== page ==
Alan Johnson: In my experience, if someone in the Post Office was watched for a period of time and was accused of stealing letters or interfering with the mail, that would be classed as gross misconduct, as would severe violence against an employer. There is no disagreement about that and there is nothing new about the procedures. We have already debated and agreed the fact that there needs to be a modified procedure for discipline in such cases, and that in cases involving grievance procedures, where an individual has already left the employment for various reasons, it would be illogical to ask them to go back and reform a bond with the employer, which has already been broken, to go through the third step.

Norman Lamb: Does the Minister agree, especially in the light of his experience with the Post Office, that in many cases of alleged gross misconduct the facts are complex and that it is essential in the interests of natural justice to have a hearing before reaching a decision to dismiss? If he is saying that the modified procedure will apply in all cases of gross misconduct, then in all those complex cases where the facts need to be canvassed at a proper hearing, the employee will have no right to such a hearing.

Alan Johnson: We are talking about workplaces where there is no procedure whatsoever and where a procedure is being applied for the first time. We accept the need for a different approach to cases of gross misconduct. We have already debated that at some length. Under the modified discipline procedures in schedule 2, the employer must set out in writing the employee's alleged misconduct that has led to the dismissal and the employee's right to appeal against dismissal, and send a copy of the statement to the employee. The employee must inform the employer of his or her wish to appeal and the employer must invite him or her to attend a meeting.

What is missing is a provision relating to the case having to be properly investigated. This morning—when the hon. Gentleman was not here—we discussed the case of an employee who had been dismissed for theft in the context of the lack of an investigatory clause in the basic two and three-step procedures. I explained that if the employer had not taken reasonable steps to investigate the allegations made against the employee, the employment tribunal would be unlikely to agree that the dismissal was fair. That plays a part in the case having to be reasonable in all other respects.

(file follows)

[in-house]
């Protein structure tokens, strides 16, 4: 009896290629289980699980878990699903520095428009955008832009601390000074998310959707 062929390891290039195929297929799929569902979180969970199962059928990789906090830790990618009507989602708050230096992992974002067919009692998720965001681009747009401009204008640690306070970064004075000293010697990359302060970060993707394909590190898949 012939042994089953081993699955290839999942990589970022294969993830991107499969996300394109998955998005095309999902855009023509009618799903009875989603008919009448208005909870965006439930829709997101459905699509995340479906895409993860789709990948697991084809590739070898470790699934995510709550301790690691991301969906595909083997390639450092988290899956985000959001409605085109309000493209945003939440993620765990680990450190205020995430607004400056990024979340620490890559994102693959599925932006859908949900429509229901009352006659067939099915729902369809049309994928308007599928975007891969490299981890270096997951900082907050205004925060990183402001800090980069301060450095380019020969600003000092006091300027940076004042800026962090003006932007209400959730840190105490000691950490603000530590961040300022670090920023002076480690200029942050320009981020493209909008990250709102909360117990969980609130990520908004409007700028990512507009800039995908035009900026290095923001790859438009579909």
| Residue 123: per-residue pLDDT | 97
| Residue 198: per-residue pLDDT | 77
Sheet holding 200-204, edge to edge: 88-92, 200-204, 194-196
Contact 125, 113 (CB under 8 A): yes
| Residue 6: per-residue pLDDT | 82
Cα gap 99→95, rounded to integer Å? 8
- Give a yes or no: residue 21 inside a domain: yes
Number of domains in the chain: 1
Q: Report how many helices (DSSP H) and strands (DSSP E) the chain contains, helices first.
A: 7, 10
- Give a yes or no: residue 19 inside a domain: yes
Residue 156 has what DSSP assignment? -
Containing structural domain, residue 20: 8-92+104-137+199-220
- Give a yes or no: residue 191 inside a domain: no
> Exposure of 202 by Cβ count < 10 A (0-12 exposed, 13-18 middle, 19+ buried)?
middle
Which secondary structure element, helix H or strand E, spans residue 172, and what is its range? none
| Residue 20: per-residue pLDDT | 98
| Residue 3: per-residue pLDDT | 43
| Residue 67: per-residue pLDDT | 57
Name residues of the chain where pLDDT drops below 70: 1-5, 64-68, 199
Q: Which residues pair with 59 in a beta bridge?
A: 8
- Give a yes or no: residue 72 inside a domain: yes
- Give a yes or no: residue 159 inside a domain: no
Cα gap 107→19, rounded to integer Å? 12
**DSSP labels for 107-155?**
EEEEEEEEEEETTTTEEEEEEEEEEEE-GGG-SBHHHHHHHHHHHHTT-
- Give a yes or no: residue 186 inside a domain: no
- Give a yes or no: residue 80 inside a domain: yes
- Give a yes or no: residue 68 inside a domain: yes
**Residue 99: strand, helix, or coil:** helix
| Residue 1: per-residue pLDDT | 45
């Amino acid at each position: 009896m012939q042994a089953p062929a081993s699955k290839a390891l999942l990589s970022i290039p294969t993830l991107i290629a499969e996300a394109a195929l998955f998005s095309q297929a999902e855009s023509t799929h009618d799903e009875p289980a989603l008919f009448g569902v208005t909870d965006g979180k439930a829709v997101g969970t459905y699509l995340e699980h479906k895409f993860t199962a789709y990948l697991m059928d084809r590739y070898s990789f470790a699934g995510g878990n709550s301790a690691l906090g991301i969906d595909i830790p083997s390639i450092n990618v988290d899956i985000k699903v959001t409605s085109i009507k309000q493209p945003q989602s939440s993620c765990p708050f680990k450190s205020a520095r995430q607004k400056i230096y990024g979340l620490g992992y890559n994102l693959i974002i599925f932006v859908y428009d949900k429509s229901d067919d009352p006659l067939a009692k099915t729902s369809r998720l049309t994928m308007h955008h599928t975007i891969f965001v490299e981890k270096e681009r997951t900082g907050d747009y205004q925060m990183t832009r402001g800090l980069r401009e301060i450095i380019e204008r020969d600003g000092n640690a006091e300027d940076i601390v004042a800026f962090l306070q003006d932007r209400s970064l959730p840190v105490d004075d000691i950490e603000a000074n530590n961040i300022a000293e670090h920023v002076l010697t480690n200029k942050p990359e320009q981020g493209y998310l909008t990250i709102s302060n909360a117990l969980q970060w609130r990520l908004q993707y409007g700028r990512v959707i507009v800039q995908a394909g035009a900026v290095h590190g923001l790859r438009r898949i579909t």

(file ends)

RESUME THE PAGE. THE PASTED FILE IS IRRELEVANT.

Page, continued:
Column Number: 221

Rob Marris (Wolverhampton, South-West): Does my hon. Friend agree that some cases of gross misconduct justify summary dismissal and some do not, and that the Government's proposed regulations could clarify those two categories?

Alan Johnson: That is exactly why we intend to set out in regulations the kinds of cases to which the modified two-step procedure could apply. Those would be subject to the affirmative resolution procedure.

The amendment, which relates to chapter 1, but not chapter 2, identifies a technical fault in the Bill. We are pleased to concede that it was well spotted, and we shall table an amendment on Report.

Brian Cotter: I do not intend to labour the point because the Minister has graciously accepted our argument. It is gratifying when we raise a point in Committee that needs to be addressed. On the Minister's assurance, I beg to ask leave to withdraw the amendment.

Amendment, by leave, withdrawn.

Brian Cotter: I beg to move amendment No. 28, in page 38, line 16, at end insert—